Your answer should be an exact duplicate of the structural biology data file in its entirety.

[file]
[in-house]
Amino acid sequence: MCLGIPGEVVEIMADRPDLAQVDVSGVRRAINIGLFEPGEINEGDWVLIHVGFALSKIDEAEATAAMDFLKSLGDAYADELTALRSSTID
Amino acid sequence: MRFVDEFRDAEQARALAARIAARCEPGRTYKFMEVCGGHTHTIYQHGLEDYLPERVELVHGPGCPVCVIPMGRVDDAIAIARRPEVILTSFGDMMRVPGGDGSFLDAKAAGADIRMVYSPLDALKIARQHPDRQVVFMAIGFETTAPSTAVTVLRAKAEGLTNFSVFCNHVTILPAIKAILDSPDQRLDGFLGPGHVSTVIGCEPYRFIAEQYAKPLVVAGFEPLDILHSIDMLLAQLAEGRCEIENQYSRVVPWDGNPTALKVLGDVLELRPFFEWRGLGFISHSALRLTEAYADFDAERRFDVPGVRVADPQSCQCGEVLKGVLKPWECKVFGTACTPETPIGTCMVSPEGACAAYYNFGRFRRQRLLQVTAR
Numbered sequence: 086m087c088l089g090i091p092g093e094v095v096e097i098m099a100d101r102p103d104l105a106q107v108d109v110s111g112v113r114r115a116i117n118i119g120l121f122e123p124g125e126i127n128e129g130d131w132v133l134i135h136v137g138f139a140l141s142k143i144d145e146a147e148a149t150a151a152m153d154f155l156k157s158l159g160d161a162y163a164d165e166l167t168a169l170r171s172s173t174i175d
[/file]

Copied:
[in-house]
Amino acid sequence: MCLGIPGEVVEIMADRPDLAQVDVSGVRRAINIGLFEPGEINEGDWVLIHVGFALSKIDEAEATAAMDFLKSLGDAYADELTALRSSTID
Amino acid sequence: MRFVDEFRDAEQARALAARIAARCEPGRTYKFMEVCGGHTHTIYQHGLEDYLPERVELVHGPGCPVCVIPMGRVDDAIAIARRPEVILTSFGDMMRVPGGDGSFLDAKAAGADIRMVYSPLDALKIARQHPDRQVVFMAIGFETTAPSTAVTVLRAKAEGLTNFSVFCNHVTILPAIKAILDSPDQRLDGFLGPGHVSTVIGCEPYRFIAEQYAKPLVVAGFEPLDILHSIDMLLAQLAEGRCEIENQYSRVVPWDGNPTALKVLGDVLELRPFFEWRGLGFISHSALRLTEAYADFDAERRFDVPGVRVADPQSCQCGEVLKGVLKPWECKVFGTACTPETPIGTCMVSPEGACAAYYNFGRFRRQRLLQVTAR
Numbered sequence: 086m087c088l089g090i091p092g093e094v095v096e097i098m099a100d101r102p103d104l105a106q107v108d109v110s111g112v113r114r115a116i117n118i119g120l121f122e123p124g125e126i127n128e129g130d131w132v133l134i135h136v137g138f139a140l141s142k143i144d145e146a147e148a149t150a151a152m153d154f155l156k157s158l159g160d161a162y163a164d165e166l167t168a169l170r171s172s173t174i175d